Procurement Audit of the Department of Education: Part 1 and Part 2, Report No. 09-03 and Report No. 09-04
Report No. 12-06, by Hawaii State Auditor Marion M. Higa, August, 2012 (excerpt)
In part 1 of our report, we found no evidence that the department has the mechanisms and functions to monitor and review procurement compliance on a regular basis. Even though our audit was based on a relatively small sample size, we uncovered numerous instances of non-compliance and violations of procurement rules and regulations. In addition to the high volume of violations, we also identified several risk factors and indications of potential fraud, which compelled us to expand the scope of our work. We issued a separate report presenting the results of that expanded work.
Part 2 of our report revealed an organizational culture of disregard for procurement rules in the Office of School Facilities and Support Services (OSFSS). That culture had allowed office directors, managers, and staff to believe they had the discretion to unilaterally determine whether compliance with procurement laws and rules was in the best interest of the department. As a result, non-compliant procurement practices were tolerated and, more importantly, unethical and possibly fraudulent behavior has been allowed to thrive.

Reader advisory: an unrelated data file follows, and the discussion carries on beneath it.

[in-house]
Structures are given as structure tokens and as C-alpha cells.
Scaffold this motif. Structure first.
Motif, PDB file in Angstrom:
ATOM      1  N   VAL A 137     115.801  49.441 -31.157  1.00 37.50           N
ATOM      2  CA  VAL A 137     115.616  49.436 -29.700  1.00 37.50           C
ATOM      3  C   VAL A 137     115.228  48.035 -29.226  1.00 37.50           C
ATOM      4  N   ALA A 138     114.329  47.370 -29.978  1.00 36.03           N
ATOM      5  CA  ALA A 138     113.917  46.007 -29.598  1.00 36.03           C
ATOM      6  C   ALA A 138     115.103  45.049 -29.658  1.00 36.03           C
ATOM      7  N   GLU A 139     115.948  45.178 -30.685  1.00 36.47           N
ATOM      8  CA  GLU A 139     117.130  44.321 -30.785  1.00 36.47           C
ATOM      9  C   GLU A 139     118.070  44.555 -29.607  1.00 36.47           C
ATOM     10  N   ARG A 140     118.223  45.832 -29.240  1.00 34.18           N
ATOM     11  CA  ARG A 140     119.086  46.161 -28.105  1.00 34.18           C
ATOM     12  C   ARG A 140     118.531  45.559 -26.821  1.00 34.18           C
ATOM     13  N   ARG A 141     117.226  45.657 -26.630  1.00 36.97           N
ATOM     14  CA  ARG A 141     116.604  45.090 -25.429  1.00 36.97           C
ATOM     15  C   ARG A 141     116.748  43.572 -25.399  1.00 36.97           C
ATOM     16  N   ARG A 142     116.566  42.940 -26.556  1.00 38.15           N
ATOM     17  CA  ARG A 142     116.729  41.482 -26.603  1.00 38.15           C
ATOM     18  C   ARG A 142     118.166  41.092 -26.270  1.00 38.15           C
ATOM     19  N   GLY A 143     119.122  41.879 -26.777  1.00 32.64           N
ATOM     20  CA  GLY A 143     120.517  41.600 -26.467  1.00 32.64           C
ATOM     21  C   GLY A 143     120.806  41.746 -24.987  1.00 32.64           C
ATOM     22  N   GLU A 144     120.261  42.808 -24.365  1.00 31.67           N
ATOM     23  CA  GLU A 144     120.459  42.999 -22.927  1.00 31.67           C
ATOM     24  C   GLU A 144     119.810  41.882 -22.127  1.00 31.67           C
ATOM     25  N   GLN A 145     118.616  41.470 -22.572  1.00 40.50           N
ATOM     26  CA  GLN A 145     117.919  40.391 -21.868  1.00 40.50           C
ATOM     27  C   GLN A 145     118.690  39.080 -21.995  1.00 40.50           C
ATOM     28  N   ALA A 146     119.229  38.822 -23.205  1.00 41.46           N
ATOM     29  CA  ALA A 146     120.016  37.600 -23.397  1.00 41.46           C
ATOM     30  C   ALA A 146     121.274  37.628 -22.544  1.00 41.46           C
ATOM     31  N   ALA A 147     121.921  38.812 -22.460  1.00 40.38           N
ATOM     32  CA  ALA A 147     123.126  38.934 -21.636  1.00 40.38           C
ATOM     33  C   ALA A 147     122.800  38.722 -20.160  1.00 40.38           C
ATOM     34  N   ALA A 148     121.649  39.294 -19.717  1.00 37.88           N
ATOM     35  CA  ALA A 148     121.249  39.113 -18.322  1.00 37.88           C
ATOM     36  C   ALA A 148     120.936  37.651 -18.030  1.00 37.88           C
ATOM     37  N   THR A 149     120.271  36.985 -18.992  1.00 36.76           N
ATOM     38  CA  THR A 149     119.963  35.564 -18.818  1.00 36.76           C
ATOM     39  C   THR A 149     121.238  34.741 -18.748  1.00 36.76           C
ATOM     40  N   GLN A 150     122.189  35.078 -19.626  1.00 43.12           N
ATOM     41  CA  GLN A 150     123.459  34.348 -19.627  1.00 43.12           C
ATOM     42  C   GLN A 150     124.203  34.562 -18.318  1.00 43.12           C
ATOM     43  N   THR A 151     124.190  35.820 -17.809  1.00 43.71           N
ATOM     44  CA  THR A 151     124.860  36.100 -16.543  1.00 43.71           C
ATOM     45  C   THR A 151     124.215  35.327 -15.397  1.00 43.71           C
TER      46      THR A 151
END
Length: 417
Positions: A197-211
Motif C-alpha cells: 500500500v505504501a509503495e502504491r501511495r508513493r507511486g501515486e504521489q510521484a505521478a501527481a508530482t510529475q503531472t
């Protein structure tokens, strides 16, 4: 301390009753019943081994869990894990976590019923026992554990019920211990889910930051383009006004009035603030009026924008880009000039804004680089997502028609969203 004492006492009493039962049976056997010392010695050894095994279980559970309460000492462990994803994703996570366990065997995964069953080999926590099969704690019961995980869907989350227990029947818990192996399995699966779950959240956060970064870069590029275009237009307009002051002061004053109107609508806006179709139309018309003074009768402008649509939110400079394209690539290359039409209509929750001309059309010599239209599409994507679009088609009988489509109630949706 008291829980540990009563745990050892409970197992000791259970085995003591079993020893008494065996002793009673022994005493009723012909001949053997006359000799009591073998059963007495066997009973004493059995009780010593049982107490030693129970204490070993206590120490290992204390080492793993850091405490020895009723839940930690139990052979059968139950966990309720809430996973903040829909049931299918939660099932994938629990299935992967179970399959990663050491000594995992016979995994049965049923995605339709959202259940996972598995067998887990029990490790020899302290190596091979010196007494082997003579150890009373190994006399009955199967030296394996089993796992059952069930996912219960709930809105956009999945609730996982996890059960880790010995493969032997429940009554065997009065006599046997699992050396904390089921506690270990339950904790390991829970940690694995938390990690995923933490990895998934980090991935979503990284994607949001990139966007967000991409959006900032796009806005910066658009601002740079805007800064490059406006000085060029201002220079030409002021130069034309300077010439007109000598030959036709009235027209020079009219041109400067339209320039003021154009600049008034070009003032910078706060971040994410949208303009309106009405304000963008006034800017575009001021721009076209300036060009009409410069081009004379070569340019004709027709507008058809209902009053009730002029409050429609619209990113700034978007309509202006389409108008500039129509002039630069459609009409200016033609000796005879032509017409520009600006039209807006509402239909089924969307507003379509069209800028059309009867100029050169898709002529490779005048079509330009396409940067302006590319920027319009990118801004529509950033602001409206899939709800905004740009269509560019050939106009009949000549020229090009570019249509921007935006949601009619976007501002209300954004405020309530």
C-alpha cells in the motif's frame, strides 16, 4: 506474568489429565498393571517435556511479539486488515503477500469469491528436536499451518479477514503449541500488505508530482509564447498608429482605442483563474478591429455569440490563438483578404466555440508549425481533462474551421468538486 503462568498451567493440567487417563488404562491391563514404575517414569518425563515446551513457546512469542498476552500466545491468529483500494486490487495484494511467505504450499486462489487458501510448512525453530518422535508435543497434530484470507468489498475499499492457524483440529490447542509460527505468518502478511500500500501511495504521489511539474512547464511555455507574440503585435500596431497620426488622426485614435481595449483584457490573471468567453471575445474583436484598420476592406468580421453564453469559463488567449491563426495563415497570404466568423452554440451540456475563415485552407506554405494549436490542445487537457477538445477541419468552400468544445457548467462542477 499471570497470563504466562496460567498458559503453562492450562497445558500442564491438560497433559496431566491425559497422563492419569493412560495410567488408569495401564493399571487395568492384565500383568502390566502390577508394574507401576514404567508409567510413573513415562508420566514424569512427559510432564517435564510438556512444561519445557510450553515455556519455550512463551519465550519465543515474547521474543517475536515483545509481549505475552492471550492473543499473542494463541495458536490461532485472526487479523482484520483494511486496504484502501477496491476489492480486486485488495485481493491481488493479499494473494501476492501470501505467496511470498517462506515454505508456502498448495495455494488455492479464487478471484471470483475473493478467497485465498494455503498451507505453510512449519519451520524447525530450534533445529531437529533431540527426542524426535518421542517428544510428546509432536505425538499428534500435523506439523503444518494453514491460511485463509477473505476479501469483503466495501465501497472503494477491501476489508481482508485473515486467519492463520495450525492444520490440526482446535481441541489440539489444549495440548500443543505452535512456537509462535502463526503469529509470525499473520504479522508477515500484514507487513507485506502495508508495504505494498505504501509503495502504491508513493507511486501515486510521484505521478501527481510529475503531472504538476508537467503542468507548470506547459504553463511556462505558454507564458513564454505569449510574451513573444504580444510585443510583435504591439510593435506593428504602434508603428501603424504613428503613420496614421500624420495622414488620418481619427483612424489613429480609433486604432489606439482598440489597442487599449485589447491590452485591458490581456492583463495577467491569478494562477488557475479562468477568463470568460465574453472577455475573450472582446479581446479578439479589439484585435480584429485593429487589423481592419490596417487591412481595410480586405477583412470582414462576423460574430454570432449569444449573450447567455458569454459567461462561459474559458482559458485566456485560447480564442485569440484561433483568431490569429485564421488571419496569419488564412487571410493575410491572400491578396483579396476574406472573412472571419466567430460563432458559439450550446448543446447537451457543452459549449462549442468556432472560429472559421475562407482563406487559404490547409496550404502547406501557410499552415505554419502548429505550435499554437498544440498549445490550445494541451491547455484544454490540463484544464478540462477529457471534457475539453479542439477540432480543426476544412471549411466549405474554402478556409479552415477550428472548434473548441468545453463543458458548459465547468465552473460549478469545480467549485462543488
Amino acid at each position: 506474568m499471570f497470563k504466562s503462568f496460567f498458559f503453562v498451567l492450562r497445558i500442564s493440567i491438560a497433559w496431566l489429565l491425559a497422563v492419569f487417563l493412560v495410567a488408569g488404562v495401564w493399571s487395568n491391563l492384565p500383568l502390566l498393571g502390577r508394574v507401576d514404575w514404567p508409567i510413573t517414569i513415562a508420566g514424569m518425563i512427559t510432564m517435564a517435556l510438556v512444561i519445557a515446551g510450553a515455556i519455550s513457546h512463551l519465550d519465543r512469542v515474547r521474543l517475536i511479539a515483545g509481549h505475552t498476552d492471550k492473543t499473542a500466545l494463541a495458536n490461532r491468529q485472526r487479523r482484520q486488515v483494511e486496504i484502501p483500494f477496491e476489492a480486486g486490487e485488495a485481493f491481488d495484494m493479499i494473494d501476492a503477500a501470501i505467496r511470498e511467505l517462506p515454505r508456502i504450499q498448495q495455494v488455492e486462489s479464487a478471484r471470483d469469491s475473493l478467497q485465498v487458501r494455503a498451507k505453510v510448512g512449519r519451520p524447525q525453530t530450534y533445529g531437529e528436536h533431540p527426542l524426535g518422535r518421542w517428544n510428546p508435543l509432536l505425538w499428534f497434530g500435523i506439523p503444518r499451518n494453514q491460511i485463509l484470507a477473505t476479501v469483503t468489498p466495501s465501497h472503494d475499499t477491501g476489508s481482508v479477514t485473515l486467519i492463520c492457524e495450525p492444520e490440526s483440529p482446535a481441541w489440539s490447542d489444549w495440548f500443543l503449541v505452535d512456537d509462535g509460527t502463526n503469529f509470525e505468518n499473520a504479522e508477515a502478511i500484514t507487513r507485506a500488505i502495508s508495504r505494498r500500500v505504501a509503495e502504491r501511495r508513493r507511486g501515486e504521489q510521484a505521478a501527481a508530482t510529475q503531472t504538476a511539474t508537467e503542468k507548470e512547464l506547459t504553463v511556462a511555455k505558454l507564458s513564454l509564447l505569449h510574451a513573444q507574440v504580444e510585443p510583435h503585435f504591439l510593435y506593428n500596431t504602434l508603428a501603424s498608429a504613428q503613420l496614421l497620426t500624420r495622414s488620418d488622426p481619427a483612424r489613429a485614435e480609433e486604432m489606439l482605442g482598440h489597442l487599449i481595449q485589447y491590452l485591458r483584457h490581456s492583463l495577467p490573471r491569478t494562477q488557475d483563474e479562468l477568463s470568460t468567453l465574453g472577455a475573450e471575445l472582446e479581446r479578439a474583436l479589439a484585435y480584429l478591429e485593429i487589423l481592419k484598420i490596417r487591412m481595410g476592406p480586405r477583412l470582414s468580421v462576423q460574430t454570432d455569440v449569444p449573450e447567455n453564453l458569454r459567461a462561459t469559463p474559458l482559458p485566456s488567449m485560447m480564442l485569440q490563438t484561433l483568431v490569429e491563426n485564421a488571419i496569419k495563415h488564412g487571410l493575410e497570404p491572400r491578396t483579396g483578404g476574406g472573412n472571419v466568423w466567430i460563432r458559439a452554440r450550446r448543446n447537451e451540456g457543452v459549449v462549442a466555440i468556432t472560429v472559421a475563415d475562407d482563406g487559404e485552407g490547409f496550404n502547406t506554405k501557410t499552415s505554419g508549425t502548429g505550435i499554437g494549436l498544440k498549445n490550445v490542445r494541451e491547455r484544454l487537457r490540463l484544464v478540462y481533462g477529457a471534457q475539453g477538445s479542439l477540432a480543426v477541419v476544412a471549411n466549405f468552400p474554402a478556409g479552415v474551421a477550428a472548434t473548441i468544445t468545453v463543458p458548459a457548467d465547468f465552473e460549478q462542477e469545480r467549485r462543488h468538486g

The response to our audit was swift: the then-superintendent returned procurement authority for construction projects to the Procurement and Contracts Branch. However, five months after the then superintendent rescinded OSFSS’s procurement authority, the then-deputy superintendent restored it. In addition, despite the findings of our audits and its own independent investigator, the department did not take strong disciplinary measures against two of the three OSFSS employees who were found to have committed multiple procurement violations.
Today, two of the employees remain in their same jobs as heads of their respective OSFSS branches, which have been given even greater procurement authority with greatly reduced, if any, oversight by the Procurement and Contracts Branch. As a result, the risk of ethical misconduct in the OSFSS remains high, which creates a perception that the department has done little to address the issues.
Full Text ... Report No. 12-06
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